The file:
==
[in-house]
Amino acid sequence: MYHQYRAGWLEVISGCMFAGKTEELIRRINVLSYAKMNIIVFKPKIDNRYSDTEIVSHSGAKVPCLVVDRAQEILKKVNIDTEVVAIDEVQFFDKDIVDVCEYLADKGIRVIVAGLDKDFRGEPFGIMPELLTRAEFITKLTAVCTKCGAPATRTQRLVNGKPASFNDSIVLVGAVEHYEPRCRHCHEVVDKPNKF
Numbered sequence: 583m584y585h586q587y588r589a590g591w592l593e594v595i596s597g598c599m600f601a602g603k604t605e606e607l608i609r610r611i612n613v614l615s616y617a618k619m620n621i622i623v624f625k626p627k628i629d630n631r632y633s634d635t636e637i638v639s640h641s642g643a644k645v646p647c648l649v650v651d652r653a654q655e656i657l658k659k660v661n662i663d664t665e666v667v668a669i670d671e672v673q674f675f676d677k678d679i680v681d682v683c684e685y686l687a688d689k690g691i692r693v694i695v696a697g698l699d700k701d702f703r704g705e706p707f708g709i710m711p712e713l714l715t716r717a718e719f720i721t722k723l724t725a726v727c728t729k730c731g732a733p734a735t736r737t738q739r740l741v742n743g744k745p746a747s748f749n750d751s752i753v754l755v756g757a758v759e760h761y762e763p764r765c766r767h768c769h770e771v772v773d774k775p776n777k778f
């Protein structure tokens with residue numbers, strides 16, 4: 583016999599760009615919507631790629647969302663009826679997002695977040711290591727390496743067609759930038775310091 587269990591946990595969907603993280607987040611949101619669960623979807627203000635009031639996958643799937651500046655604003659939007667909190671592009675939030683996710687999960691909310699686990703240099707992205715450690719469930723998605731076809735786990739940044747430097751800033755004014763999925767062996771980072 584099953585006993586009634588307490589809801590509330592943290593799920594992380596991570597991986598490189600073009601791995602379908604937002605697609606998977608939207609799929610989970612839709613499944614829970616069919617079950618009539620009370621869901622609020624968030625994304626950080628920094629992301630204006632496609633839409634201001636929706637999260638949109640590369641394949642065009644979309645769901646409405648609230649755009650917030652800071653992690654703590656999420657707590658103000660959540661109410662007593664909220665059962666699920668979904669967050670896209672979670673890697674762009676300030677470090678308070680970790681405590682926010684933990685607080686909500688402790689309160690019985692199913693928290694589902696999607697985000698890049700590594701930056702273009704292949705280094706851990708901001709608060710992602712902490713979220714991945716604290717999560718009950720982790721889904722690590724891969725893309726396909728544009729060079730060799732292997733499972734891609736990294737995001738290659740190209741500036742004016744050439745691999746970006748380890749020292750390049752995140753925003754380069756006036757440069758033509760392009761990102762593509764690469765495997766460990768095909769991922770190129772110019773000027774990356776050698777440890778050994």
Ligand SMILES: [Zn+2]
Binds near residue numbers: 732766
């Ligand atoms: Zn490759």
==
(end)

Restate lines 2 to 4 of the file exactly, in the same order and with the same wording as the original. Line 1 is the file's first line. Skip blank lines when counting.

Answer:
Amino acid sequence: MYHQYRAGWLEVISGCMFAGKTEELIRRINVLSYAKMNIIVFKPKIDNRYSDTEIVSHSGAKVPCLVVDRAQEILKKVNIDTEVVAIDEVQFFDKDIVDVCEYLADKGIRVIVAGLDKDFRGEPFGIMPELLTRAEFITKLTAVCTKCGAPATRTQRLVNGKPASFNDSIVLVGAVEHYEPRCRHCHEVVDKPNKF
Numbered sequence: 583m584y585h586q587y588r589a590g591w592l593e594v595i596s597g598c599m600f601a602g603k604t605e606e607l608i609r610r611i612n613v614l615s616y617a618k619m620n621i622i623v624f625k626p627k628i629d630n631r632y633s634d635t636e637i638v639s640h641s642g643a644k645v646p647c648l649v650v651d652r653a654q655e656i657l658k659k660v661n662i663d664t665e666v667v668a669i670d671e672v673q674f675f676d677k678d679i680v681d682v683c684e685y686l687a688d689k690g691i692r693v694i695v696a697g698l699d700k701d702f703r704g705e706p707f708g709i710m711p712e713l714l715t716r717a718e719f720i721t722k723l724t725a726v727c728t729k730c731g732a733p734a735t736r737t738q739r740l741v742n743g744k745p746a747s748f749n750d751s752i753v754l755v756g757a758v759e760h761y762e763p764r765c766r767h768c769h770e771v772v773d774k775p776n777k778f
């Protein structure tokens with residue numbers, strides 16, 4: 583016999599760009615919507631790629647969302663009826679997002695977040711290591727390496743067609759930038775310091 587269990591946990595969907603993280607987040611949101619669960623979807627203000635009031639996958643799937651500046655604003659939007667909190671592009675939030683996710687999960691909310699686990703240099707992205715450690719469930723998605731076809735786990739940044747430097751800033755004014763999925767062996771980072 584099953585006993586009634588307490589809801590509330592943290593799920594992380596991570597991986598490189600073009601791995602379908604937002605697609606998977608939207609799929610989970612839709613499944614829970616069919617079950618009539620009370621869901622609020624968030625994304626950080628920094629992301630204006632496609633839409634201001636929706637999260638949109640590369641394949642065009644979309645769901646409405648609230649755009650917030652800071653992690654703590656999420657707590658103000660959540661109410662007593664909220665059962666699920668979904669967050670896209672979670673890697674762009676300030677470090678308070680970790681405590682926010684933990685607080686909500688402790689309160690019985692199913693928290694589902696999607697985000698890049700590594701930056702273009704292949705280094706851990708901001709608060710992602712902490713979220714991945716604290717999560718009950720982790721889904722690590724891969725893309726396909728544009729060079730060799732292997733499972734891609736990294737995001738290659740190209741500036742004016744050439745691999746970006748380890749020292750390049752995140753925003754380069756006036757440069758033509760392009761990102762593509764690469765495997766460990768095909769991922770190129772110019773000027774990356776050698777440890778050994």